After just over three years online, Q linked to an array of YouTube videos within their posts on the chan boards. I thought it might be useful to document and analyze the URLs Q referenced over that time. Following the collection and analysis process, I compared both the URLs and the underlying content to that which Russia’s Project Lakhta operation had propagated.
As a brief refresher about the aforementioned operation, “Project Lakhta had multiple components, some involving domestic audiences within the Russian Federation and others targeting foreign audiences in various countries, including the United States.” Part of their operations included “information warfare against the United States of America.” For more information, here’s a link to the full text of the 2018 indictment that served as the source for those quotes.
Over the course of the following analysis, I’ve opted to include some information which may not be necessary for some readers. Ultimately, I lean towards providing as much information as I think might be necessary for a layperson who is generally unfamiliar with the topic(s) at hand.
During the collection process, I was primarily interested in the unique path within the linked YouTube URL. This is the portion of the URL which is assigned to individual videos that are hosted on YouTube. Without that path, YouTube has no way to ascertain which of the billions of videos a user is intending to watch. An example of a unique path for a YouTube URL which Q posted is highlighted in red below.
In the case above, everything that follows the ‘v=’ and which the ampersand symbol bookends is part of the unique path which I am most interested in. The ‘&t=119s’ found above tells YouTube to automatically start the video at 119 seconds, rather than at the start of the video. This timestamp portion of the URL could alternatively appear as ‘?t=119s’, but that would typically be found within a YouTube shortened URL (i.e., https://youtu.be/xW2ijF2ya1c?t=119s). Note that in the shortened URL, there is no ‘v=’ and the unique path starts after the third forward slash. Due to an array of YouTube link variations which cannot all be covered here, the best advice I can give is to become familiar with how the unique path is constructed, as it typically will begin to stick out like a sore thumb in the URL, given enough time.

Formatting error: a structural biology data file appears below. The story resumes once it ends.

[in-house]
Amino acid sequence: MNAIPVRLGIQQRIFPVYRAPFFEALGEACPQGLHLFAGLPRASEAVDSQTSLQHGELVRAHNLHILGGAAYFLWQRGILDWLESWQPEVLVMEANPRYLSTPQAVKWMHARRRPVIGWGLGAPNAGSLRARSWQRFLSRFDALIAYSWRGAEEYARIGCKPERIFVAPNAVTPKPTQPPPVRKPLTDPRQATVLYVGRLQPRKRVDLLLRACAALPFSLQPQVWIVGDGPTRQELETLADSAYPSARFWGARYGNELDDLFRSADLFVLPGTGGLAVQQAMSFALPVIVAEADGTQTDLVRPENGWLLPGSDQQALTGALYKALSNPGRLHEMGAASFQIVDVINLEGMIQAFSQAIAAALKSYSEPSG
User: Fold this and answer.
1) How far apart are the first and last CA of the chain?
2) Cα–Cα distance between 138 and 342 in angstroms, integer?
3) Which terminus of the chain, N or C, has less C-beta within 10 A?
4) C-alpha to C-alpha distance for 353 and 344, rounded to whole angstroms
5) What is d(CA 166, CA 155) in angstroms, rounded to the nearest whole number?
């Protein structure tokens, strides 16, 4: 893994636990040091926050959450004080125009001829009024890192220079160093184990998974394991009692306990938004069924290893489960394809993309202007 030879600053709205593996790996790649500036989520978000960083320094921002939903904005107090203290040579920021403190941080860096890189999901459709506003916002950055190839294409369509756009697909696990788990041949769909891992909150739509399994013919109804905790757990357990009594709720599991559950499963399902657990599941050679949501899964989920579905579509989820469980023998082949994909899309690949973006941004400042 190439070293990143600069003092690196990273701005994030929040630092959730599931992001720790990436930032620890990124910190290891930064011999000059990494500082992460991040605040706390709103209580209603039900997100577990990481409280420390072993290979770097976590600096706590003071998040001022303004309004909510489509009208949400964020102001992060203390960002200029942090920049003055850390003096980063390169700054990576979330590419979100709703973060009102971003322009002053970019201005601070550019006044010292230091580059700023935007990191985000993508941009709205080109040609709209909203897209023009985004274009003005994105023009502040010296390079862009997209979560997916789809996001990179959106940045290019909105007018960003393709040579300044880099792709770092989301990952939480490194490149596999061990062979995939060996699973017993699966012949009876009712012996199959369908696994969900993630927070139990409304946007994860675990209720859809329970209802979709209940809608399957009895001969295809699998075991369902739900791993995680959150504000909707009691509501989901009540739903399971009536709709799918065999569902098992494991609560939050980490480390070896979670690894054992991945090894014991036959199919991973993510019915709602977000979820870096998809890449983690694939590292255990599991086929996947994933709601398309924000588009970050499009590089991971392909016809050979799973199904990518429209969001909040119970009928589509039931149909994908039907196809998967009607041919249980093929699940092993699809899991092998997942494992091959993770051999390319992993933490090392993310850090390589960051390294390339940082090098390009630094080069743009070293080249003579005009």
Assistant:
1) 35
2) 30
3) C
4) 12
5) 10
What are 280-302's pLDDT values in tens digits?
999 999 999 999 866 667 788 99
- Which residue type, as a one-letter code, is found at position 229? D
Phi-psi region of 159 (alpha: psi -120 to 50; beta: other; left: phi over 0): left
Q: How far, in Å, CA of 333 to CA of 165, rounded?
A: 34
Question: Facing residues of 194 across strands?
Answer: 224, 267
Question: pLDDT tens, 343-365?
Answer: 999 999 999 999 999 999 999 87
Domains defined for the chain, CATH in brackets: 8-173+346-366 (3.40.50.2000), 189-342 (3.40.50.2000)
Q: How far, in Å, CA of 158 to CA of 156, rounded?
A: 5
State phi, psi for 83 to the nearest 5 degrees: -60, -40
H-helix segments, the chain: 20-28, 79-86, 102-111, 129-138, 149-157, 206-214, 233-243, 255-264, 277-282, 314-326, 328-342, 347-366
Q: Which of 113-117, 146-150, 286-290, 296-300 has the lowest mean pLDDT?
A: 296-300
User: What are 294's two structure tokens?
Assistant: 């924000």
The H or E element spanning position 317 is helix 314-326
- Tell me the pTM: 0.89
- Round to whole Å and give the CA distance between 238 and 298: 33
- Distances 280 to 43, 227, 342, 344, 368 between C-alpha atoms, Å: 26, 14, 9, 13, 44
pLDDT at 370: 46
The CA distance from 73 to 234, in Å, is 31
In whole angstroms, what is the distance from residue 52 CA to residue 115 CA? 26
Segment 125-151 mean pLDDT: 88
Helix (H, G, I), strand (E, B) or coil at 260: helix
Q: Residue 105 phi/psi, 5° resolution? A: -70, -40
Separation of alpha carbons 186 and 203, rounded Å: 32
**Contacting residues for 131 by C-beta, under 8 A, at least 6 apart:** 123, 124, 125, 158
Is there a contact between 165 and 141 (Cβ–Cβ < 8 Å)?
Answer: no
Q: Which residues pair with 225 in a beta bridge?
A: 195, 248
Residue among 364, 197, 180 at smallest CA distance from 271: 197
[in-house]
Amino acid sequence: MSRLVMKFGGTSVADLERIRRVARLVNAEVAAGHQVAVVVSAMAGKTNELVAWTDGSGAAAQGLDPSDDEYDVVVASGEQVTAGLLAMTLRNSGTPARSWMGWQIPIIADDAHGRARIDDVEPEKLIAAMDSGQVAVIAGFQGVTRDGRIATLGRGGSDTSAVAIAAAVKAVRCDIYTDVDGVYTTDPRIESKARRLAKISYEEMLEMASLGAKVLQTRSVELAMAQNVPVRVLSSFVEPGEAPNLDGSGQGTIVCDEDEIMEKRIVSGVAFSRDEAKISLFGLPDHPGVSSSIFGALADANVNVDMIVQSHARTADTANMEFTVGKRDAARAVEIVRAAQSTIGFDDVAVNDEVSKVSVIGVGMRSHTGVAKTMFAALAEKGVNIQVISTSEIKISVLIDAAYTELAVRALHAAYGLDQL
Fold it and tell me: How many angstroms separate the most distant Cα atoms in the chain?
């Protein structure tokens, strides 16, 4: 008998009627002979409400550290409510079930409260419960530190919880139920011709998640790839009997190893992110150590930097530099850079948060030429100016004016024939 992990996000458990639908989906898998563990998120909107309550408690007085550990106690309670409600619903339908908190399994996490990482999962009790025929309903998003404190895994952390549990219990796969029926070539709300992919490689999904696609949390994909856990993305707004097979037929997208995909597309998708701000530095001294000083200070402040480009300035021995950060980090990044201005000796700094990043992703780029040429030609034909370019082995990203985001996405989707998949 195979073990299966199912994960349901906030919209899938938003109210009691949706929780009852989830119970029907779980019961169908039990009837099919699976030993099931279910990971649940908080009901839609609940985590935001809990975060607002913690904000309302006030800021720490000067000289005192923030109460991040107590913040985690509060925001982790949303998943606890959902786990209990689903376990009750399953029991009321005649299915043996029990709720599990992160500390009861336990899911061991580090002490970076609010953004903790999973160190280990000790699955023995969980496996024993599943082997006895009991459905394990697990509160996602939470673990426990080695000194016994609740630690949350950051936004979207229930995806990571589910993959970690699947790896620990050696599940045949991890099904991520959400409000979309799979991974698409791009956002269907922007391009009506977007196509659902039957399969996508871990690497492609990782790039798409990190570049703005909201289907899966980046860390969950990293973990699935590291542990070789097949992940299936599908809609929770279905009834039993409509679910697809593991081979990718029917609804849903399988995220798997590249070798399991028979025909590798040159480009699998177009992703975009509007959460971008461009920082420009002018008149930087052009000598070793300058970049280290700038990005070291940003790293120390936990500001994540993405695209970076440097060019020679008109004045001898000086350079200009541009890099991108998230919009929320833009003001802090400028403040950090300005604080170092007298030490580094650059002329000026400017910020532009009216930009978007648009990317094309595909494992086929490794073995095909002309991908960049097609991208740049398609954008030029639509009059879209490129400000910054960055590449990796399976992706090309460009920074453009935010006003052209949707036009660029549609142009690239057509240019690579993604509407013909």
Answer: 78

Most of the YouTube URLs that Q posted would terminate with the unique path and would contain no ampersand symbol or question mark following the unique path. However, since this was not always the case, it was necessary to group them based on the unique path. Although I have documented the exact URL address which Q posted for future reference, I make no significant distinction between the various URL subtypes that may point to a specific video. The unique path is the key here, because this tells us exactly which video is being referenced. For example, below are three of the URL variants which Q posted for the same video. Since the unique path references the same video in each of these instances, they are all grouped together in this analysis.
Note: The space within the third URL prior to the ‘m’ is precisely how Q posted it.
Across three years of posts, Q linked to 99 unique YouTube videos. Of those, there was only one video which I was unable to properly identify the pertinent context, due to the YouTube channel operator quickly removing the video before it could be properly archived. Therefore, this video could not be included in further comparative analysis. With that in mind, we have 98 unique videos that can be analyzed.
Due to repetitive posting of some links, one or more of those 98 videos were linked in a total of 146 Q posts. For instance, one video (G2qIXXafxCQ) appeared 36 times, to include 12 times in a single Q post (#3042). All told, this video was linked in 25 unique Q posts, the most of any video. A relatively small percentage of Q posts contained more than one YouTube link in the same post. There were only six such cases, including the aforementioned post #3042. In another instance, four different YouTube links were included in the same Q post (#1941).
All that being said, we begin with a baseline of 98 unique videos and 146 unique Q posts.